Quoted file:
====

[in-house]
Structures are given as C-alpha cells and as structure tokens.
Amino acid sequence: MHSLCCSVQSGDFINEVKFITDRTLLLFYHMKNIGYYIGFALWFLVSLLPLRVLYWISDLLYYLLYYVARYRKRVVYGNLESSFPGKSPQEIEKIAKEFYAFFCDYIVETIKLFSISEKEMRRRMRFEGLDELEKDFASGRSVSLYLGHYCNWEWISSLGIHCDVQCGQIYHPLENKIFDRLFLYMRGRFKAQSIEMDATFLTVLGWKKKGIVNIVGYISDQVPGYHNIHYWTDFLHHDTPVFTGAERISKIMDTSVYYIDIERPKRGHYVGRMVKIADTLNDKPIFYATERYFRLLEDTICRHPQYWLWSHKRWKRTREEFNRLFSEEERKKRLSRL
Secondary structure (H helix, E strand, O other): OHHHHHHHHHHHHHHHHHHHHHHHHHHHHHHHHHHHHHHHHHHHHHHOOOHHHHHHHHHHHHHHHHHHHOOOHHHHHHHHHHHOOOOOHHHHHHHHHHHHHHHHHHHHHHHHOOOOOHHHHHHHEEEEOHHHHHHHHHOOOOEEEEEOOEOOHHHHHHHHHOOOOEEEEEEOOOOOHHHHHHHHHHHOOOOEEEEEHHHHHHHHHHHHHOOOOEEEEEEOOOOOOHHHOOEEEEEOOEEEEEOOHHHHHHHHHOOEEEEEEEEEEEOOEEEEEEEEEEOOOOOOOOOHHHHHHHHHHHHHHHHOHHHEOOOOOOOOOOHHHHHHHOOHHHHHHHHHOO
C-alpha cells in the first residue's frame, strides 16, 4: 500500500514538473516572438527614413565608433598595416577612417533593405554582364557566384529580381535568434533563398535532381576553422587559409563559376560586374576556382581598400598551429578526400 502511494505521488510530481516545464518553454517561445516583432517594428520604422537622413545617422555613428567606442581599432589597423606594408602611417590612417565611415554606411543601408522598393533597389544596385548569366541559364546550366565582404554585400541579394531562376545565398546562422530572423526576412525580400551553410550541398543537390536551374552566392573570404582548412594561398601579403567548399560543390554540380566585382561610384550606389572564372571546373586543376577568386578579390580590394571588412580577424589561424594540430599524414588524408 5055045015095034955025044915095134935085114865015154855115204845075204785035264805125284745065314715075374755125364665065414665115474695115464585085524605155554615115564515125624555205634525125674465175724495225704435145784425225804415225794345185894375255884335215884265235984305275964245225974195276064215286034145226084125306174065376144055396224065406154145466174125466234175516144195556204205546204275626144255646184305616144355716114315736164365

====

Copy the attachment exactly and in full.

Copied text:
[in-house]
Structures are given as C-alpha cells and as structure tokens.
Amino acid sequence: MHSLCCSVQSGDFINEVKFITDRTLLLFYHMKNIGYYIGFALWFLVSLLPLRVLYWISDLLYYLLYYVARYRKRVVYGNLESSFPGKSPQEIEKIAKEFYAFFCDYIVETIKLFSISEKEMRRRMRFEGLDELEKDFASGRSVSLYLGHYCNWEWISSLGIHCDVQCGQIYHPLENKIFDRLFLYMRGRFKAQSIEMDATFLTVLGWKKKGIVNIVGYISDQVPGYHNIHYWTDFLHHDTPVFTGAERISKIMDTSVYYIDIERPKRGHYVGRMVKIADTLNDKPIFYATERYFRLLEDTICRHPQYWLWSHKRWKRTREEFNRLFSEEERKKRLSRL
Secondary structure (H helix, E strand, O other): OHHHHHHHHHHHHHHHHHHHHHHHHHHHHHHHHHHHHHHHHHHHHHHOOOHHHHHHHHHHHHHHHHHHHOOOHHHHHHHHHHHOOOOOHHHHHHHHHHHHHHHHHHHHHHHHOOOOOHHHHHHHEEEEOHHHHHHHHHOOOOEEEEEOOEOOHHHHHHHHHOOOOEEEEEEOOOOOHHHHHHHHHHHOOOOEEEEEHHHHHHHHHHHHHOOOOEEEEEEOOOOOOHHHOOEEEEEOOEEEEEOOHHHHHHHHHOOEEEEEEEEEEEOOEEEEEEEEEEOOOOOOOOOHHHHHHHHHHHHHHHHOHHHEOOOOOOOOOOHHHHHHHOOHHHHHHHHHOO
C-alpha cells in the first residue's frame, strides 16, 4: 500500500514538473516572438527614413565608433598595416577612417533593405554582364557566384529580381535568434533563398535532381576553422587559409563559376560586374576556382581598400598551429578526400 502511494505521488510530481516545464518553454517561445516583432517594428520604422537622413545617422555613428567606442581599432589597423606594408602611417590612417565611415554606411543601408522598393533597389544596385548569366541559364546550366565582404554585400541579394531562376545565398546562422530572423526576412525580400551553410550541398543537390536551374552566392573570404582548412594561398601579403567548399560543390554540380566585382561610384550606389572564372571546373586543376577568386578579390580590394571588412580577424589561424594540430599524414588524408 5055045015095034955025044915095134935085114865015154855115204845075204785035264805125284745065314715075374755125364665065414665115474695115464585085524605155554615115564515125624555205634525125674465175724495225704435145784425225804415225794345185894375255884335215884265235984305275964245225974195276064215286034145226084125306174065376144055396224065406154145466174125466234175516144195556204205546204275626144255646184305616144355716114315736164365